Polyjacking is a term used for a method of concrete lifting that involves the use of a poly-foam compound. In this method of concrete lifting an expanding poly-foam compound is injected underneath your sunken concrete slabs at key points to raise it to its proper level and to also provide a deterioration resistant support material underneath the slab. The process is simple and can be completed in under a day depending on the size of the concrete slab that needs to be repaired.

What Can It Be Used To Lift

Because the expanding foam used for the polyjacking method is so strong it can be used to lift any number of concrete slabs. Take a look below to see what applications polyjacking is appropriate for.

  • Patios
  • Driveways
  • Garage Floors
  • Basement Floors
  • Walkways
  • Warehouse Floors
  • Parking Lots
  • Pool Decks

The Polyjacking Process

The process of polyjacking is both simple and effective. When we arrive at the jobsite, we follow these steps to repair your sinking concrete.

1. Cleaning

Our technicians will clean the surface to prevent dust and debris from preventing proper repair.

2. Preping

Once the surface is clean our technicians will identify, mark, and drill holes in the key areas needed to raise your concrete properly.

Continue reading
1166 Hits

3 Main Causes of Sinking Concrete


The Three Main Causes Of Sinking Concrete

There are several reasons that can cause your concrete to sink. You will often come across it in the form of uneven, cracked, or sunken concrete. Some companies often refer to this as slab settlement. What is slab settlement? Well, Slab settlement is the sinking or movement of a concrete slab when the soil below the slab can no longer carry the weight of it. This happens frequently on driveways, walkways, sidewalks, garage floors, and foundations across the country.

Below are the three main causes for concrete sinking.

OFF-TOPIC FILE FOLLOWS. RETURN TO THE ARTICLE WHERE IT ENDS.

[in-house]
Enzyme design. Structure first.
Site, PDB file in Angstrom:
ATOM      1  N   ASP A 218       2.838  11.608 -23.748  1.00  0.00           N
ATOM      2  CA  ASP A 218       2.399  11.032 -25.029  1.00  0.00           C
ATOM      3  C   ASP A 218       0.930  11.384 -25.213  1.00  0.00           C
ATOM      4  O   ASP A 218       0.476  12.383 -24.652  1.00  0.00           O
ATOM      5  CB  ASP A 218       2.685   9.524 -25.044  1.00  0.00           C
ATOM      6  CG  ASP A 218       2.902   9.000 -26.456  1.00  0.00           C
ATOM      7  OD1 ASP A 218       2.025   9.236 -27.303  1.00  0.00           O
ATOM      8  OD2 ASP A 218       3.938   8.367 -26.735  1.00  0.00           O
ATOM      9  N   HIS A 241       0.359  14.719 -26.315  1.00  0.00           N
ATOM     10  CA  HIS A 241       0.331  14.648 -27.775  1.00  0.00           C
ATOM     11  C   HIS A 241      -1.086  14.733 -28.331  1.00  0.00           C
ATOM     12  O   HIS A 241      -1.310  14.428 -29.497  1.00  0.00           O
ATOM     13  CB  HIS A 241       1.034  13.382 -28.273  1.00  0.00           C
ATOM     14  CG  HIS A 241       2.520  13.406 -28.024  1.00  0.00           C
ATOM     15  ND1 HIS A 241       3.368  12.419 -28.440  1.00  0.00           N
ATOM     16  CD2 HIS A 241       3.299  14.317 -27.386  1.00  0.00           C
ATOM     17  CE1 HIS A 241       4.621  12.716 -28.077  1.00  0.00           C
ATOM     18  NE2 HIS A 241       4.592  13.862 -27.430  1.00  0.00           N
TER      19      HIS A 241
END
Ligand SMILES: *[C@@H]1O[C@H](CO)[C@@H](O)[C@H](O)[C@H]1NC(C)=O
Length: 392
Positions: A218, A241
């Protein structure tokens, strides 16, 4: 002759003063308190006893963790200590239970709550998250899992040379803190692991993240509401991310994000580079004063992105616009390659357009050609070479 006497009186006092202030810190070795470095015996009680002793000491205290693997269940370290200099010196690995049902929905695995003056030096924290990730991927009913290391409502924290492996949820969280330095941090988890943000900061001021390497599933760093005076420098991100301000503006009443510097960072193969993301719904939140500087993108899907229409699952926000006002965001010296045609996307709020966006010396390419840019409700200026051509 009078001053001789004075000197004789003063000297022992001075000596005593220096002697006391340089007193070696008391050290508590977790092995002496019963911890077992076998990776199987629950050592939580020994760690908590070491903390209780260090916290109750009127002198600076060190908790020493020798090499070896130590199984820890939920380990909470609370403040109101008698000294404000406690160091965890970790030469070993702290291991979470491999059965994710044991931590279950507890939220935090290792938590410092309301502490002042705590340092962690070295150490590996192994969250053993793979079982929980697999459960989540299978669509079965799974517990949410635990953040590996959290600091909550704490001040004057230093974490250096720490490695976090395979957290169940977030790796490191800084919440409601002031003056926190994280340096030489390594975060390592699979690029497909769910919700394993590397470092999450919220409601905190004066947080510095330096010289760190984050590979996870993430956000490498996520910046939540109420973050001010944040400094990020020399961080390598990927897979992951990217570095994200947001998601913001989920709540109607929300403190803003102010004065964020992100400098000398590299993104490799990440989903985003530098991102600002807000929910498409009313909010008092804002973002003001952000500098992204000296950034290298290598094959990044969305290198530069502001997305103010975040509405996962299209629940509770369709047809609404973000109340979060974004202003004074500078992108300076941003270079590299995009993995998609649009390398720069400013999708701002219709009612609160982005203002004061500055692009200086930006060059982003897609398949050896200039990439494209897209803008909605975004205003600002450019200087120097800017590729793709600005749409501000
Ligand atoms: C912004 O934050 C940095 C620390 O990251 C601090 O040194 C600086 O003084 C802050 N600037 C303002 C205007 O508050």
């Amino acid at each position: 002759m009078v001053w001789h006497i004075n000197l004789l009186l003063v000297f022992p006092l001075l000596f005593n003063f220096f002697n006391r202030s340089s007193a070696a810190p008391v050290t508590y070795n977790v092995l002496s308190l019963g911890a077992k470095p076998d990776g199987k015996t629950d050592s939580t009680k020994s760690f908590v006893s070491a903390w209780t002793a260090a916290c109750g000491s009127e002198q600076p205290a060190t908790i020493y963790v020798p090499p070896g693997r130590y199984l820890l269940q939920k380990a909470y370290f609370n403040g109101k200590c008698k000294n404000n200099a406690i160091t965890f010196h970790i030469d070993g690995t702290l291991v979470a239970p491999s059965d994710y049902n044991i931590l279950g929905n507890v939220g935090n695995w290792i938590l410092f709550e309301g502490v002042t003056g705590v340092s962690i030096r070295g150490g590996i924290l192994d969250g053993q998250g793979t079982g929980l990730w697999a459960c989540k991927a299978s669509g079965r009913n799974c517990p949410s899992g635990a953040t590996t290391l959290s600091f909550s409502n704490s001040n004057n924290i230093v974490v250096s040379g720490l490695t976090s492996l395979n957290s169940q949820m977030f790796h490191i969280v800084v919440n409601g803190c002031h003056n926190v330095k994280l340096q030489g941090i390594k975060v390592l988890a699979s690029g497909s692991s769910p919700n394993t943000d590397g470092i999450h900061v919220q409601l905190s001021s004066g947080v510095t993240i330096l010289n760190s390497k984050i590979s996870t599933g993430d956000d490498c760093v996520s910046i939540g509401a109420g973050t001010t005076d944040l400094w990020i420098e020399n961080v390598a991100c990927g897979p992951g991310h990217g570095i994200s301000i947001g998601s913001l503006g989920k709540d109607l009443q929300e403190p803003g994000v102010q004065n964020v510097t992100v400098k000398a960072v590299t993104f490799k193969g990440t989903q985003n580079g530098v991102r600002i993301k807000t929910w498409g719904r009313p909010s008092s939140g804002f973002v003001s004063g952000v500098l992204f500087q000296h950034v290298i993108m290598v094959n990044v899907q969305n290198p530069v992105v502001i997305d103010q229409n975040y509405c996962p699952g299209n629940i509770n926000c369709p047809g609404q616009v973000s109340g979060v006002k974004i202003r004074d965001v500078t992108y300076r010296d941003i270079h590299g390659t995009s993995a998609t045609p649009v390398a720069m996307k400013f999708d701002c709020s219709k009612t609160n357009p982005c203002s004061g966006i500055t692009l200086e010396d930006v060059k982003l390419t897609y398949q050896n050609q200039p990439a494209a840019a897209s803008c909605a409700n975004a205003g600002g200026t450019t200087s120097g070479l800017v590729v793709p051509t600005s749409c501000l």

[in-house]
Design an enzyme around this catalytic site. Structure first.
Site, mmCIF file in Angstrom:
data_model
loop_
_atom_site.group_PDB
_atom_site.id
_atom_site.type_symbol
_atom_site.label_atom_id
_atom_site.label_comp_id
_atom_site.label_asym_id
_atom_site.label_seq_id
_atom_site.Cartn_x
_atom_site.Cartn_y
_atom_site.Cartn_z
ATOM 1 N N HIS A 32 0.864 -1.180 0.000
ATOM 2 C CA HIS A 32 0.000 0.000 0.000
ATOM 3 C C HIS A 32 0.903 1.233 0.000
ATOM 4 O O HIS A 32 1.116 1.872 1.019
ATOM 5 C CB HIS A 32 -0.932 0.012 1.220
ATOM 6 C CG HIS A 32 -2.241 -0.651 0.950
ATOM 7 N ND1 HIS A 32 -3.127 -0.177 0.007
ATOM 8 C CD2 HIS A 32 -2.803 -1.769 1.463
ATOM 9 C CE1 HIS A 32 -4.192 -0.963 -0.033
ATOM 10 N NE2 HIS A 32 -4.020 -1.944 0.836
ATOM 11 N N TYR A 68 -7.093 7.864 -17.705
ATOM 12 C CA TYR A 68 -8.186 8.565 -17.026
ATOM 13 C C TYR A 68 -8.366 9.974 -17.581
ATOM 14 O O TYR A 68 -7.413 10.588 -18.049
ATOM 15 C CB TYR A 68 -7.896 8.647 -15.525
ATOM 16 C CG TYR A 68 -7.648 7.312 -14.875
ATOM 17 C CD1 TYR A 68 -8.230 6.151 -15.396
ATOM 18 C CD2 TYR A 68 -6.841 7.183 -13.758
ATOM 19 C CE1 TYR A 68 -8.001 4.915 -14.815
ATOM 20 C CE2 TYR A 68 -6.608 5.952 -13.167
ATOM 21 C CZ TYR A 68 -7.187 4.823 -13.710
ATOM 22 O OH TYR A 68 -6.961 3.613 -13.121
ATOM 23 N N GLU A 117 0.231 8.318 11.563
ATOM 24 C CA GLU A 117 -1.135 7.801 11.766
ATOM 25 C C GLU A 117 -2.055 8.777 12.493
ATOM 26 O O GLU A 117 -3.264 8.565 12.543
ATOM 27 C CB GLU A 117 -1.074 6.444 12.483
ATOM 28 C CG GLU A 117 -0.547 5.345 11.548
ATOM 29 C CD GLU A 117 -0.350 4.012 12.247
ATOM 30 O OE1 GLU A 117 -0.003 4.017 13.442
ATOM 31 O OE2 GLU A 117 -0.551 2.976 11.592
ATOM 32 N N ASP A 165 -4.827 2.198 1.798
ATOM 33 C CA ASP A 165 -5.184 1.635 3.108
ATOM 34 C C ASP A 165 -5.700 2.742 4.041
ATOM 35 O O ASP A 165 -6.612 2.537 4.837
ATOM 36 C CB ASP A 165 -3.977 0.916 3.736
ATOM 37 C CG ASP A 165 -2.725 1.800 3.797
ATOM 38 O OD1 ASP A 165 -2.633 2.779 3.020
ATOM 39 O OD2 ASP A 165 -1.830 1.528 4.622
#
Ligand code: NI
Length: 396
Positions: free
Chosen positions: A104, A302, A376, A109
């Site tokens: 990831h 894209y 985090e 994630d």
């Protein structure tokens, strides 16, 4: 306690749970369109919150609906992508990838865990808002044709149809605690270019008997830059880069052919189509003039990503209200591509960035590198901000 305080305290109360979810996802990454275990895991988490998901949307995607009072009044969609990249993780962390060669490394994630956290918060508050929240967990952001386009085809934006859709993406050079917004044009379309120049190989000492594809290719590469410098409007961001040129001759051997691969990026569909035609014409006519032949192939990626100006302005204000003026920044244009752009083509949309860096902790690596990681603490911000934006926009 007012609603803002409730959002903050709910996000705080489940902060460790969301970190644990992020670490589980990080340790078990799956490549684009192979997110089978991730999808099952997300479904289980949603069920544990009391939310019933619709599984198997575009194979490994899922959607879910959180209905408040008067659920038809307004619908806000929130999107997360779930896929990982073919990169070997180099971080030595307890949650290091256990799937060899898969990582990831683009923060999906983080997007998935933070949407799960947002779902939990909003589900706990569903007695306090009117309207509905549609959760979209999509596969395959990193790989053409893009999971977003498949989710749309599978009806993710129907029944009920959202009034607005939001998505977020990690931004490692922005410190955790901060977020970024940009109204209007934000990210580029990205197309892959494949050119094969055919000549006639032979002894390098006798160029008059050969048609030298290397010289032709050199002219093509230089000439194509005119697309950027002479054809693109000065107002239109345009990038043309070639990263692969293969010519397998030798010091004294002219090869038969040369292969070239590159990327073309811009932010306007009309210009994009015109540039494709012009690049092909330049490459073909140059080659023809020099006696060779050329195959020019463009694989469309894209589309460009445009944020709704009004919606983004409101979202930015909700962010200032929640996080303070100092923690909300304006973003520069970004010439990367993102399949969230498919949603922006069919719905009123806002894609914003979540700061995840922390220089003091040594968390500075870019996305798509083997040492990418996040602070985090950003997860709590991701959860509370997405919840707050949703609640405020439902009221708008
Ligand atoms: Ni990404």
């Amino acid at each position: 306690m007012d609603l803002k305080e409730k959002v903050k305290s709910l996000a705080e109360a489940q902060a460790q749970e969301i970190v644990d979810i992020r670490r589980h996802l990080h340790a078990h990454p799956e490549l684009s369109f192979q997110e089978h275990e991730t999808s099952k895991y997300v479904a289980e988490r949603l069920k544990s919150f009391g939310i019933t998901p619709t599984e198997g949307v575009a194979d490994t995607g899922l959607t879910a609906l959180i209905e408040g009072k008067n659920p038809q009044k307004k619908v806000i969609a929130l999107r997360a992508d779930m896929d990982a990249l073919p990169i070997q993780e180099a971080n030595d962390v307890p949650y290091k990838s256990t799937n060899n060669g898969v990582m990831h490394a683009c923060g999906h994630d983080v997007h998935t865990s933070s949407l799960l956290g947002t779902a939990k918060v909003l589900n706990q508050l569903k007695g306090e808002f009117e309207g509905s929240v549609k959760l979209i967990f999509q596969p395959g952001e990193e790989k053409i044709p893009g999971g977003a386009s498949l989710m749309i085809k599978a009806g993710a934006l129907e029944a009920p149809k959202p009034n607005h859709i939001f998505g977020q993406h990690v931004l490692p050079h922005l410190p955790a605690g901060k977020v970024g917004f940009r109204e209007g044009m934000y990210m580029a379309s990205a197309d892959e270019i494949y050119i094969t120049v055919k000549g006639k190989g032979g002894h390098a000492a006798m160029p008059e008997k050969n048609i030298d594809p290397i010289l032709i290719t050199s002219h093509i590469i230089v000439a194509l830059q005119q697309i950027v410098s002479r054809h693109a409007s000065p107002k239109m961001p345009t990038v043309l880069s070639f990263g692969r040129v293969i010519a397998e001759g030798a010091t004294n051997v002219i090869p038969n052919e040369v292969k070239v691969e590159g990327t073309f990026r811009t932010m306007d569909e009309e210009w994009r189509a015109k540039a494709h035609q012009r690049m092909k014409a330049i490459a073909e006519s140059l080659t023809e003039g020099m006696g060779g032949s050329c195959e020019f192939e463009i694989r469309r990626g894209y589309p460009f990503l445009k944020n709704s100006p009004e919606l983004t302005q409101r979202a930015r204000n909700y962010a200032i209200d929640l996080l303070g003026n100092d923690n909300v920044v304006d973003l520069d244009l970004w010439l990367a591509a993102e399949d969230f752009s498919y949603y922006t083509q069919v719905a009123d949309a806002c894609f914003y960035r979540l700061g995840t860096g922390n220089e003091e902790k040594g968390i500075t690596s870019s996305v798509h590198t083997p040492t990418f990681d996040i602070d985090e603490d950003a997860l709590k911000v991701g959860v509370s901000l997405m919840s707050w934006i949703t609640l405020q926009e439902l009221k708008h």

1. Soil Washout Beneath Concrete Slabs

Water caused by plumbing leaks, erosion, large rainfall, etc. will find its way underneath concrete slabs in your walkways, pool decks, garage and basement floors. As this water moves through the soil beneath your concrete, it can wash away the soil that is supporting the weight of the concrete. As this occurs over time, the amount of soil present underneath the concrete slab will diminish and your slabs will begin to sink due to a lack of support material.

2. Poorly Compacted Fill Soil

During the construction of a driveway, patio, sidewalk, or foundation, the soil is most often spread out or moved to achieve the desired grade level. If this soil is not properly compacted and a new slab is poured over the top then slab settlement is more likely to occur. The loose soil underneath the slab will compact over time and create empty cavities beneath the slab. Over and with very little support your concrete will crack and fall into the hole beneath. This is most often the cause of cracked concrete and occurs more around the edges and corners of large slabs.

3. Soil Moisture Content Changes

Cycles of wet and dry weather have a direct effect on the soil underneath your concrete slabs. When soil which large contents of clay get wet, they hold onto the water and expand in size. Later when the soil drys out it begins to shrink. This can leave large sections of your concrete wholly unsupported which can lead to cracking and slab settlement.

Continue reading
5261 Hits